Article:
If a stock is being heavily ‘shorted’, it pays to be careful. It means hedge funds and other sophisticated investors have seen something they don’t like and are betting the stock will fall.
Shorters don’t always get it right, of course, but quite often they do. Just look at the list of UK companies that have been heavily shorted by hedge funds in recent years – Carillion, Debenhams, Thomas Cook… we all know what happened to these stocks.
With that in mind, I want to highlight a FTSE 250 stock that’s being shorted heavily at present so I think investors need to approach this stock with caution.
The company is Cineworld (LSE: CINE), the second-largest cinema business in the world. According to data from shorttracker.co.uk, it’s currently the third-most-shorted stock on the London Stock Exchange, with short interest of a high 10.1% (this means 10.1% of its shares are being shorted), up from around 7.2% in late August. At present, there are 10 different institutions shorting it.
I see this high level of negative interest quite concerning. In my view, short interest over 7% or so is a red flag. In Cineworld’s case, the hedgies clearly see something they don’t like and expect the shares to fall. So, what could be the problem here?
Balance sheet issues
One issue to be aware of in relation to Cineworld is the group’s balance sheet. In late 2017, the group struck a deal to acquire US cinema group Regal Entertainment for nearly $6bn and this added a considerable chunk of debt to its books.
Recent half-year results showed adjusted net debt stood at $3.3bn, which equated to an adjusted net debt to adjusted EBITDA ratio (a measure of a company’s ability to pay off its debt) of 3.3 times. That’s quite a high ratio, which suggests the company could be vulnerable if profits were to decline.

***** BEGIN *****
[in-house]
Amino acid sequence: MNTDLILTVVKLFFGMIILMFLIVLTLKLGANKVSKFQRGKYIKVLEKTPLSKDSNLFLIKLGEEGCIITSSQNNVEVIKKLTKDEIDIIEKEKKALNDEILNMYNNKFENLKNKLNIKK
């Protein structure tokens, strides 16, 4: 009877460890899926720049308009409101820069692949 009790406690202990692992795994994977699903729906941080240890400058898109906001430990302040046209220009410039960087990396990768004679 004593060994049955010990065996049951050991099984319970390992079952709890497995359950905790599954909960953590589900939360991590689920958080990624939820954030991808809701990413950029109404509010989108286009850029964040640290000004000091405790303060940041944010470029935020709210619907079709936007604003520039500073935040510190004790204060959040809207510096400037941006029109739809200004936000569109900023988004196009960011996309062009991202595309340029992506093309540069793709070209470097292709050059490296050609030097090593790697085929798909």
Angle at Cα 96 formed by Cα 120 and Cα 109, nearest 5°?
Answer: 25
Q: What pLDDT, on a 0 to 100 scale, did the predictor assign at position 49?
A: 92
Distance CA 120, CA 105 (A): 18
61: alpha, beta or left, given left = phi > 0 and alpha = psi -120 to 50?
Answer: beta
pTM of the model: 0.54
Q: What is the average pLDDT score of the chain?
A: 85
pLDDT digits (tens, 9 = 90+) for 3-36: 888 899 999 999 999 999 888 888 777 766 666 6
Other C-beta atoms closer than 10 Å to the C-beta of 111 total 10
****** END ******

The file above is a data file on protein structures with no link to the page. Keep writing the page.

It’s also worth noting the company has a huge amount of goodwill ($5.5bn versus equity of $3.3bn at 30 June) on its balance sheet. This could potentially lead to write-downs in the future.
Half-year results, issued on 8 August, were also a little concerning. Blaming the timing of major film releases, the group reported a 14.4% fall in admissions, an 11.1% drop in revenue, and an 11.8% decline in adjusted EBITDA.
I would expect second-half results to be better, due to the popularity of films such as Joker and The Lion King, but this is also something to keep an eye on.
Approach with caution
Whatever the specific issue the hedge funds have identified, I think caution is warranted towards Cineworld shares right now. Whereas the market is filled with ‘weak’ longs (investors who hold a stock because it’s part of the index or because everyone else owns it), you rarely find a weak short, because shorters face unlimited losses if they’re wrong.
Cineworld’s current high level of short interest indicates hedge funds believe there’s something fundamentally wrong with the company.
Of course, picking the right shares and the strategy to be successful in the stock market isn't easy. But you can get ahead of the herd by reading the Motley Fool's FREE guide, “10 Steps To Making A Million In The Market”.
The Motley Fool's experts show how a seven-figure-sum stock portfolio is within the reach of many ordinary investors in this straightforward step-by-step guide.
Edward Sheldon has no position in any shares mentioned. The Motley Fool UK has no position in any of the shares mentioned. Views expressed on the companies mentioned in this article are those of the writer and therefore may differ from the official recommendations we make in our subscription services such as Share Advisor, Hidden Winners and Pro. Here at The Motley Fool we believe that considering a diverse range of insights makes us better investors.